This clever and energetic piece about what happens if that voice in your head explains with authority and well referenced arguments that you are worthless is in equal measures funny and uncomfortable to watch.
Created by and starring Gary Kitching, it is a well balanced piece that has plenty to keep the audience entertained and involved from beginning to end but also shows how our thoughts can so quickly lead to self-doubt and uncertainty which can then lead to mental health issues.
The show is based on improvisation, so if you go and see it tonight then it is highly likely that what you see is completely different to last night’s performance – which is clever and keeps the show feeling fresh.
In the first section, the audience are made to feel relaxed and part of the show – thanks to the laid back nature of Kitching’s performance. Asking some basic questions, which the audience gradually realises is to help build the show, there is plenty to make you laugh – but it feels as though it goes on too long before getting the main part of the performance.
It is a simple performance that is filled with moments that warm the heart. But there are also occasions that feel slightly uncomfortable to watch and take part in. One such example is Kitching asking the audience to heckle during his comedy performances, encouraging them to throw insults on a gradually more personal basis – which is a clever move to show how dispirited and rejected his character is beginning to feel and adds poignancy to the performance.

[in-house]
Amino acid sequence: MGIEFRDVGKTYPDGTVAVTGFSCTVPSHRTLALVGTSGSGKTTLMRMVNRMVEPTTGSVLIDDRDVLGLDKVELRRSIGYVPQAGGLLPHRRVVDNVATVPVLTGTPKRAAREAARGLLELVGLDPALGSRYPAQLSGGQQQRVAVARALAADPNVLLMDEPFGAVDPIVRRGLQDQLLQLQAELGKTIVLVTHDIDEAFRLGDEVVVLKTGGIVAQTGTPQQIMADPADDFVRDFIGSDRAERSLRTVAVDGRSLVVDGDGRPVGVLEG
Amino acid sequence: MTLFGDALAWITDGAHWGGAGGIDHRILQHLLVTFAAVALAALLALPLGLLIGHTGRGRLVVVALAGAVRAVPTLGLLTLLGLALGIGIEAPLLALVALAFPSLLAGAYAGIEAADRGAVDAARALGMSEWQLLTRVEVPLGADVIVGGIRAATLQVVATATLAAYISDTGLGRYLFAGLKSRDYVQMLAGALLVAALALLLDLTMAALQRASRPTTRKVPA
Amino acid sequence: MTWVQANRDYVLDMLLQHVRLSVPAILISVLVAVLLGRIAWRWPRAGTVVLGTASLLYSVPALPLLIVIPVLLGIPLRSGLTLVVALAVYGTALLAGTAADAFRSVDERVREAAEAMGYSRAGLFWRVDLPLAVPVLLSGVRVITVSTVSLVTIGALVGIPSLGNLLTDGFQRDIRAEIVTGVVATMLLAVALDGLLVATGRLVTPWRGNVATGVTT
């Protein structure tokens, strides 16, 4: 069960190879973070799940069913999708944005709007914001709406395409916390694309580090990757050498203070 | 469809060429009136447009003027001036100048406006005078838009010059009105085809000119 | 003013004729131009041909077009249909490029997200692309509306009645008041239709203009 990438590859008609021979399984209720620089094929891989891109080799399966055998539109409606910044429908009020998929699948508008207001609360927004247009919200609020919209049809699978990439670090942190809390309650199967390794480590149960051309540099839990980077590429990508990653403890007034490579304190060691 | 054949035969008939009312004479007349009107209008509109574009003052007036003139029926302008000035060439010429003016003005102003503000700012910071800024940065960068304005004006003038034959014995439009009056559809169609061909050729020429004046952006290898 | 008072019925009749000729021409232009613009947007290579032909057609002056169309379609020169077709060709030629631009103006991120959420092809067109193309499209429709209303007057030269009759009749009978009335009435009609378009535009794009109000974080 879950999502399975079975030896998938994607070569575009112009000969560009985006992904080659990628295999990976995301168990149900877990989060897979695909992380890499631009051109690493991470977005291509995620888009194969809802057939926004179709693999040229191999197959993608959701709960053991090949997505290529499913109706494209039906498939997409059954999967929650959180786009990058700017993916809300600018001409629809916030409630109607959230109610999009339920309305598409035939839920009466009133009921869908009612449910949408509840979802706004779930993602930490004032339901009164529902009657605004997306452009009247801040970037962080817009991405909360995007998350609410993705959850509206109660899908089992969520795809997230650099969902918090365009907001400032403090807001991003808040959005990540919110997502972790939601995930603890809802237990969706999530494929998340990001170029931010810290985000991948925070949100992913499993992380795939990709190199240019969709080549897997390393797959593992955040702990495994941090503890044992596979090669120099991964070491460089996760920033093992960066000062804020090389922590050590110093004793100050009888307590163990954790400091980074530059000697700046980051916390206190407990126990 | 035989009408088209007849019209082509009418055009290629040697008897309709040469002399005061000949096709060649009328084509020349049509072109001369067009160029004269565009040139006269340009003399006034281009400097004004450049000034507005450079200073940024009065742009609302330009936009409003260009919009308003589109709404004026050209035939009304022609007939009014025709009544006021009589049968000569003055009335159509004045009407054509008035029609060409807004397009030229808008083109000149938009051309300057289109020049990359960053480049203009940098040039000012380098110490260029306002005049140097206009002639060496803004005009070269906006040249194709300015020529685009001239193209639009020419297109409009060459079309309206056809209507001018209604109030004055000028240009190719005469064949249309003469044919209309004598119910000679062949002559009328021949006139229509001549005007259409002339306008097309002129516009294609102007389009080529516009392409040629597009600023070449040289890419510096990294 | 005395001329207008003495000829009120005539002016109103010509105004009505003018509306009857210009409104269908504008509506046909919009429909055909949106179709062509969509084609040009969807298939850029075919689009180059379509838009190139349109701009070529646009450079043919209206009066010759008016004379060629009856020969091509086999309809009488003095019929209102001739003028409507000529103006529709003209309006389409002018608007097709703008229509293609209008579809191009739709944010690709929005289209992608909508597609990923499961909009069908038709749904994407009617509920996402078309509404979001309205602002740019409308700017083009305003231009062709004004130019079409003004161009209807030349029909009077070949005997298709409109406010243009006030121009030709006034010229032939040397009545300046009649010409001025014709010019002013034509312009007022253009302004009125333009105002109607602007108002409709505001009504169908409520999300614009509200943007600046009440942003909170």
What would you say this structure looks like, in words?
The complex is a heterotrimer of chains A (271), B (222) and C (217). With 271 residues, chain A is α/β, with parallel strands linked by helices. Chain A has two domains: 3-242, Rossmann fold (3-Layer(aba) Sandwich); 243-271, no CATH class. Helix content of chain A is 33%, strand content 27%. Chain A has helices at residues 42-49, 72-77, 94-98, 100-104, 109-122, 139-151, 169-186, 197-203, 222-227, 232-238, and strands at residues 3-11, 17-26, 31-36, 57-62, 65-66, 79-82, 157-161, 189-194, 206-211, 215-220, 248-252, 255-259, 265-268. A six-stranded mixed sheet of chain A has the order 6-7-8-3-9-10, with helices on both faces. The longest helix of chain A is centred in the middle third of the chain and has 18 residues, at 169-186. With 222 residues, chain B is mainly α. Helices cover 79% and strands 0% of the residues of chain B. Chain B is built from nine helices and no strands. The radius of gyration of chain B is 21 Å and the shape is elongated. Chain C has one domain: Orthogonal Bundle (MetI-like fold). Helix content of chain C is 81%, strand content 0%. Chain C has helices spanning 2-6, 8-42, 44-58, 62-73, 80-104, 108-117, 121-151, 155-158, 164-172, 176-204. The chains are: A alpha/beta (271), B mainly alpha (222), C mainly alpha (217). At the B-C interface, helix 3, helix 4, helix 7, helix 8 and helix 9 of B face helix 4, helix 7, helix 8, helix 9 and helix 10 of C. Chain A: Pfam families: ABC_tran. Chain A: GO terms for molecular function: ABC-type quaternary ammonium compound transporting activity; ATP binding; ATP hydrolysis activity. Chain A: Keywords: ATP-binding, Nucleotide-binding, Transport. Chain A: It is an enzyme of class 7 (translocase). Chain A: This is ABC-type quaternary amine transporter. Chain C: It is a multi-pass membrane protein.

Although thoughtful, the production is also subtle but it has a lot to say about mental health issues and how easy it can be for all of us to get trapped in our own minds as well as blurring the lines between fantasy and reality.
It has intensity and energy about it but the pace is slightly slow in places as it is easy to get distracted by an audience member’s comment that means the show can go off focus in places.
The build up to the final scenes are well performed and chilling to witness when Mr C (a ventriloquist’s doll – representing Kitching’s voice in his head) tells him when he reaches his lowest point to “shoot himself in the head” along with a number of insults means the audience’s focus and attention on the seriousness of what has been happening is gained in a split second.
Overall, it is a powerful piece of drama that is filled with humour and intensity that gradually grabs the audience’s attention and holds it to the very end.
Me and Mr C is on at the Ovalhouse Theatre until the 21st November. to buy tickets visit: http://www.ovalhouse.com/whatson/detail/me-and-mr-c .